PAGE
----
Portland had already reeled off nine straight points when Sacramento called timeout in an effort to stem the bleeding, but Wallace stole the subsequent inbounds pass for an easy fast-break layup. On the next trip, Wallace stripped the ball from DeMarcus Cousins and broke away for another uncontested lay-in. After the Kings finally scored, Wallace shifted gears and spotted up in the corner for a rare 3-pointer; he then swatted a Tyreke Evans layup at the other end to key a Portland transition that led to a Crawford 3. At that point, the game was effectively over.
Wallace had missed the previous game with a finger injury and was questionable to appear in this one, but he finished with 20 points on just 12 shots and added eight boards. It was the extra juice Portland needed, energy that was badly missing in a depressing defeat in Detroit two days earlier.
Not that this cures all. Despite the score, the Blazers weren't terribly happy with their performance, especially early; they still must ramp up their level considerably to beat opponents who run back on defense and pass the ball to each other. Tuesday's game against Memphis, winners of seven straight, provides just that opportunity. For now, they'll take solace in the temporary salve their visitors from River City provided.
3. Daily Dime Live Rewind
Relive and note all the chatter, memes and Photoshops of Monday's Daily Dime Live.
4. Extreme Behavior
The comeback Griz: The streak looked dead. Down by 20 at one point, Memphis unleashed a 39-point fourth quarter, sparking a 91-90 road win over Golden State that kept the Griz win streak alive and kicking at eight games.
Tragic offense: The Magic set a franchise-low mark with 56 points in a loss in Boston. Orlando's previous season low was 78 points. The franchise low was 57, set Dec. 4, 1996 against Cleveland. Ryan Anderson, averaging 17.5 ppg, was totally inoffensive, missing all eight field goal attempts in a scoreless outing.
QUOTE OF THE NIGHT
"If someone steps on it, it's going to hurt. You never know. It might go the whole year and nobody touches it."
-- Bulls guard Derrick Rose, whose case of turf toe caused him to miss four games.
TWEET OF THE NIGHT
Just had an in-game marriage proposal where the girl got on a knee and asked the guy. Keep Portland weird."— John Hollinger ( @johnhollinger) January 23, 2012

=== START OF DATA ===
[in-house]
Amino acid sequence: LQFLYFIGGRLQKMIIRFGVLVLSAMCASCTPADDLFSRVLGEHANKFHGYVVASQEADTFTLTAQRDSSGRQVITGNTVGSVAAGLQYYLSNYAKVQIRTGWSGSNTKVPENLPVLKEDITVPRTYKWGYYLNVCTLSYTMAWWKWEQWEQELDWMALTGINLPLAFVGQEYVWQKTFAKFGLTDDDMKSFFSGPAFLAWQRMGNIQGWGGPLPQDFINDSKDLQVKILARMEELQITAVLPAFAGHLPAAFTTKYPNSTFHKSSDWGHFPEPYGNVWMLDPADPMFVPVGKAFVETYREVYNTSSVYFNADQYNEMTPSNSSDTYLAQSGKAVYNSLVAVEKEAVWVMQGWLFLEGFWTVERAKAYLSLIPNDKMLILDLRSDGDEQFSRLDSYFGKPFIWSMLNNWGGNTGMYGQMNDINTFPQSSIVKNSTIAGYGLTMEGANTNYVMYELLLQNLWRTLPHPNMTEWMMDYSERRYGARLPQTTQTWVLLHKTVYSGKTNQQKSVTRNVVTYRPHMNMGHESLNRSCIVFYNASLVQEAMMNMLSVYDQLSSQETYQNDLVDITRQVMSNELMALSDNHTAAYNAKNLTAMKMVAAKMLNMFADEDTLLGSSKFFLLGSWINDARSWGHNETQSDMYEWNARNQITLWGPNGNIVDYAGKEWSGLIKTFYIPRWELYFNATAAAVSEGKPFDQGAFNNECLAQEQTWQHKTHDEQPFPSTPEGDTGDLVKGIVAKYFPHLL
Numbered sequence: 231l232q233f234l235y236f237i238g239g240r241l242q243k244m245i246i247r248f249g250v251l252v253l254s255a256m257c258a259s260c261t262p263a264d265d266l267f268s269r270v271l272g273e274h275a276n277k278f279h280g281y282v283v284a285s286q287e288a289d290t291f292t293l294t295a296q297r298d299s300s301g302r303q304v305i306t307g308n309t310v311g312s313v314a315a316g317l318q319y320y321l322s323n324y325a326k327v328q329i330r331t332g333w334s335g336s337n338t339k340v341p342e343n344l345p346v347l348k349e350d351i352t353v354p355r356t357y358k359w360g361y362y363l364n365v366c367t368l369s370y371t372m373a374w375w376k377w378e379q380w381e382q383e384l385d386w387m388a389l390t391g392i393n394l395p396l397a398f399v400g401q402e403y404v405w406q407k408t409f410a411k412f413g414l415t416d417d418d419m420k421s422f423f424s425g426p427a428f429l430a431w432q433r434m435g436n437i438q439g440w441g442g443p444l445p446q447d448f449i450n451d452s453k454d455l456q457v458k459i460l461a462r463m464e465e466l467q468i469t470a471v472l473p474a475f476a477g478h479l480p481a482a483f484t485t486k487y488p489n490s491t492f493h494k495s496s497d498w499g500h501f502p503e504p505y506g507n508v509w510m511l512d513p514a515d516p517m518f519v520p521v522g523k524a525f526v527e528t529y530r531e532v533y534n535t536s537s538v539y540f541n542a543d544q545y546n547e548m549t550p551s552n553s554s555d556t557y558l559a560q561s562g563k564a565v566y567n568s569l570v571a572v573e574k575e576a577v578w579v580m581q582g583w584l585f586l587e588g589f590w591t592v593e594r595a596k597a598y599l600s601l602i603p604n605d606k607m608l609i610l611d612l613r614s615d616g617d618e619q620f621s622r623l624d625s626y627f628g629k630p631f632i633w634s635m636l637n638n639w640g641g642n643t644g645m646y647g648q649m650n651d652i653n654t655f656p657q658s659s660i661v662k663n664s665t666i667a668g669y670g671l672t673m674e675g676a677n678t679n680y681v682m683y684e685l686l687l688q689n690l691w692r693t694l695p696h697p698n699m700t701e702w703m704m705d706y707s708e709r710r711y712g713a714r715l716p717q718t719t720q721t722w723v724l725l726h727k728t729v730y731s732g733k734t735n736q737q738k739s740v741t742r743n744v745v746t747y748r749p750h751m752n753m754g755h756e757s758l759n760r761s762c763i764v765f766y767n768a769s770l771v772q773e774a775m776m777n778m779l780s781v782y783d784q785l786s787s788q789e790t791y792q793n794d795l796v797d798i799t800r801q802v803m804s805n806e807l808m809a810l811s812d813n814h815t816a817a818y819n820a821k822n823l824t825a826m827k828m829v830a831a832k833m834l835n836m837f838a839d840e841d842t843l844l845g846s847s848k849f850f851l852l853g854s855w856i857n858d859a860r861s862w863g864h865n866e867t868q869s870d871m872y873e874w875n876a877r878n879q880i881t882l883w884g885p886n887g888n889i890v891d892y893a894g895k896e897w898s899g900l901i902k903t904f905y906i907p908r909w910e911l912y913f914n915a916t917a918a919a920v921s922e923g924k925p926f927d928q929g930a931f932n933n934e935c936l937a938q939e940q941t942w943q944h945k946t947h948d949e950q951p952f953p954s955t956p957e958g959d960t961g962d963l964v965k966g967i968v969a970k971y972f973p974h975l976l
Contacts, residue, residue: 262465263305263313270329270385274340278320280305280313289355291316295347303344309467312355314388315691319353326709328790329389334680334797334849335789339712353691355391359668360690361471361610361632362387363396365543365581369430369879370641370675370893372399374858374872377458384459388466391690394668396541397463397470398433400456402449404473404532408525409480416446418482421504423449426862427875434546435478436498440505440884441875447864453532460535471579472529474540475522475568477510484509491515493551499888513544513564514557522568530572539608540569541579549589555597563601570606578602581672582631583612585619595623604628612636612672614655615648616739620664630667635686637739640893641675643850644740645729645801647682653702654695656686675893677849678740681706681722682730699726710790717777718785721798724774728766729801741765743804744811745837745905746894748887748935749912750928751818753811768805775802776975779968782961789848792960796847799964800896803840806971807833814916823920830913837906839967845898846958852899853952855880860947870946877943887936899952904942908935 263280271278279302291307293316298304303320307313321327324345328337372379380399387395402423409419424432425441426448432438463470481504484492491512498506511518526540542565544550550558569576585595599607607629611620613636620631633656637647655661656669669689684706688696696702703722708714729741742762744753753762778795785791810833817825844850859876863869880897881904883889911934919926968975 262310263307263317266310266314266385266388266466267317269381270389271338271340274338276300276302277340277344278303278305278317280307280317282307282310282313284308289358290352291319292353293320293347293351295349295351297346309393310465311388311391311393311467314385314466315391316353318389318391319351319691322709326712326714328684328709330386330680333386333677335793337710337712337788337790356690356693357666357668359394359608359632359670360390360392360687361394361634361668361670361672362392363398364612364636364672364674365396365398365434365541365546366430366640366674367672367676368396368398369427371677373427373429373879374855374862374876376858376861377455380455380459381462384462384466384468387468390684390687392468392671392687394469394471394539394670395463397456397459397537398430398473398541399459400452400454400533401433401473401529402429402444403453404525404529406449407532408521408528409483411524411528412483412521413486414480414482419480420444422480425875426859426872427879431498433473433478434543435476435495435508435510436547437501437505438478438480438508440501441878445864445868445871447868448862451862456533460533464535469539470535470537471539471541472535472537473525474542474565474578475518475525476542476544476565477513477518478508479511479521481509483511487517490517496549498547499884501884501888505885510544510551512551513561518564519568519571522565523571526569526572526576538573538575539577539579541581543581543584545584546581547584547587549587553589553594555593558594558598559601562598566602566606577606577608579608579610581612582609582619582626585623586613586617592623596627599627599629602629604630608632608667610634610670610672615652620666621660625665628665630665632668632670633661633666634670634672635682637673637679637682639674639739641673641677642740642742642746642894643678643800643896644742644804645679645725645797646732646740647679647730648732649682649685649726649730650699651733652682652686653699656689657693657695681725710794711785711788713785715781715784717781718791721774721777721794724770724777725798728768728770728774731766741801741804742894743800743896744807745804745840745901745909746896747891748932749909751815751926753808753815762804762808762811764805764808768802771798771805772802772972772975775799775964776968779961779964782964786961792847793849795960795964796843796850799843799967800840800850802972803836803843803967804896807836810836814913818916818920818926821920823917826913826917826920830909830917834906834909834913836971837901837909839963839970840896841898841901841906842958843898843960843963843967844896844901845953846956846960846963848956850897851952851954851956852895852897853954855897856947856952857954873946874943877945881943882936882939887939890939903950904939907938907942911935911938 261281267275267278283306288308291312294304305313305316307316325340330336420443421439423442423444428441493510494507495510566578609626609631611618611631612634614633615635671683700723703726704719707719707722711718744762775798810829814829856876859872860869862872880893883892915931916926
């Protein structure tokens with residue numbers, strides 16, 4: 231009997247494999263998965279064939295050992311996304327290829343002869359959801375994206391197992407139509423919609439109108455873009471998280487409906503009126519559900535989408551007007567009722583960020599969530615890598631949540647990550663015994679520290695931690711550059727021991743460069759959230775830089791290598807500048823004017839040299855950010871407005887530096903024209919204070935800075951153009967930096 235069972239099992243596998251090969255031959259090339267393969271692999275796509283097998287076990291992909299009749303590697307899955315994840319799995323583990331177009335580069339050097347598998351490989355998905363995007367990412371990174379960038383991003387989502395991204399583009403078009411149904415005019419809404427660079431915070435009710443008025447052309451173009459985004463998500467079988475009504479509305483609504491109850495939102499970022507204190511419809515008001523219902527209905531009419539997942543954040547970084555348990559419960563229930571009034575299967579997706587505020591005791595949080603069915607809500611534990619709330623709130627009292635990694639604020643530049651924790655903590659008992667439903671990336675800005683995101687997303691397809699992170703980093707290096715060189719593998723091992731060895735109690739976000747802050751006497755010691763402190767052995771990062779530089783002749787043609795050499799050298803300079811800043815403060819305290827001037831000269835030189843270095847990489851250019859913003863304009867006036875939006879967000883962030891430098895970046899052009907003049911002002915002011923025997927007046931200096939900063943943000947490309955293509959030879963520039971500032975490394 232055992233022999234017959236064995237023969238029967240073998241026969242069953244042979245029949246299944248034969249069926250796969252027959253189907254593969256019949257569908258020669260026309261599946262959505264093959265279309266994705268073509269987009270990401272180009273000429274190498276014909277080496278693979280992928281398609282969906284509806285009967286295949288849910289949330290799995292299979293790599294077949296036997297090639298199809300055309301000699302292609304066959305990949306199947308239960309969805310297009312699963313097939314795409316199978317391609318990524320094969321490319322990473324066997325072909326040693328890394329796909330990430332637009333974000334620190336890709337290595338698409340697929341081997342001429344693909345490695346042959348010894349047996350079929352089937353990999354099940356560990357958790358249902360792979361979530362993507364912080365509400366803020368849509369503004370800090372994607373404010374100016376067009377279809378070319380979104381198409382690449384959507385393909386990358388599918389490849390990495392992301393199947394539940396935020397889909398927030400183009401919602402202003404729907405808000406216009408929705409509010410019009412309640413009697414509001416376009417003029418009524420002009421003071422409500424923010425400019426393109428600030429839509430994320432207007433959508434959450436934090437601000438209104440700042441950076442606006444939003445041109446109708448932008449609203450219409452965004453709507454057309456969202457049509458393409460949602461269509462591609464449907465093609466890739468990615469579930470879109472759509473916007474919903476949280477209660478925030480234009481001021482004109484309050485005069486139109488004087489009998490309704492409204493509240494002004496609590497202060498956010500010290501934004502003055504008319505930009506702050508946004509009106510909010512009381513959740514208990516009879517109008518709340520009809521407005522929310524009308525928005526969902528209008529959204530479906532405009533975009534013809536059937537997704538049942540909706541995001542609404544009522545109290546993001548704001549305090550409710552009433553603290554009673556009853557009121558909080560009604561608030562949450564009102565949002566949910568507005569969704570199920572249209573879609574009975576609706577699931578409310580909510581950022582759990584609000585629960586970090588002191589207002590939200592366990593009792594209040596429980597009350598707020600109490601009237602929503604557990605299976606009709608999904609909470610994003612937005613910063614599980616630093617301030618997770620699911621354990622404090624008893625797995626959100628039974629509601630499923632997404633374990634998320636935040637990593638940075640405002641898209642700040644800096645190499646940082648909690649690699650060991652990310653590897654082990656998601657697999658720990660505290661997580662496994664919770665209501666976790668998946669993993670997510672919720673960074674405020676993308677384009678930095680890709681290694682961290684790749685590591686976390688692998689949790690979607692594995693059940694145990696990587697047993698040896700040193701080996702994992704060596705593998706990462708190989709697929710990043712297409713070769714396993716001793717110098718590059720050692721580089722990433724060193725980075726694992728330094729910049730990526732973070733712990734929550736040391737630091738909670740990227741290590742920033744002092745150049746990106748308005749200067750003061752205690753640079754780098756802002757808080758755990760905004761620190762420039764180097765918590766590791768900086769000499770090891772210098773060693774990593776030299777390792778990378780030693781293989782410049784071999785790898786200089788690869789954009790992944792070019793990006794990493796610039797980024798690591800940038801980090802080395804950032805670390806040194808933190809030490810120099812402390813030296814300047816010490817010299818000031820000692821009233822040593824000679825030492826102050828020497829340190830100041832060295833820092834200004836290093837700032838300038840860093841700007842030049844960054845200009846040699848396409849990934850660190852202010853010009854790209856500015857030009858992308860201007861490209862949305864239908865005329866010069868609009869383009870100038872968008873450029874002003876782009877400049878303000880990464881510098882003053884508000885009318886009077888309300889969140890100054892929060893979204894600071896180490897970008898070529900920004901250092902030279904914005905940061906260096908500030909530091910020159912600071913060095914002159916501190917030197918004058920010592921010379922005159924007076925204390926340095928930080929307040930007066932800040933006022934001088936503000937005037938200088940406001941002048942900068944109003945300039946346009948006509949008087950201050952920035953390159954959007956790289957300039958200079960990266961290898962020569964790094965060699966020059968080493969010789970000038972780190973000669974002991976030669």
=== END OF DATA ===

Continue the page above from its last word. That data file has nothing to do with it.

5. I Swatted Yao, I Can Beat You
6. NBA Video Channel
7. Original Matrix Now Showing
DALLAS -- Shawn Marion has a simple, selfless explanation for his recent scoring spree that came with Dirk Nowitzki down and out.
"This is just about helping my teammates," Marion said.
Well, the last possession of the Dallas Mavericks' 93-87 win over the Phoenix Suns might be considered an exception. Marion jacked up a wild, off-the-dribble runner in what seemed like a desperate attempt to hit the 30-point milestone for the first time as a Maverick.
That shot didn't fall, so Marion settled for a 29-point performance that served as another strong reminder that he's still capable of filling it up like he did as a four-time All-Star in Phoenix when he's a focal point of the offense.
"He's playing the best out of anybody on this team right now," point guard Jason Kidd said. "He's been carrying us."
8. Rip Fits The Bulls
CHICAGO -- When Chicago Bulls GM Gar Forman signed Rip Hamilton just before the season started, it was a game like Monday night's 110-95 win over the New Jersey Nets that he envisioned in his head.
Playing without Luol Deng, Hamilton racked up a huge stat line, scoring 22 points, dishing out 10 assists and logging 42 minutes in the win, during which he recorded his 15,000th career point. While the numbers were certainly nice, it was his playmaking ability that caught his teammates' attention.
"He passes better than I do," Bulls point guard Derrick Rose said with a laugh. "So he's definitely going to help us."
9. Lowry's Triple-Double
Kyle Lowry scored 16 points, grabbed 10 rebounds and handed out 10 assists for the Rockets to complement Kevin Martin's 31 points in their 107-92 win at Minnesota. Lowry's triple-double was the first for a Rockets player since the last time Houston faced the Timberwolves, when Goran Dragic had 11 points, 11 rebounds and 11 assists to go along with Chase Budinger's 35 points in a 121-102 victory at Minnesota on April 13, 2011.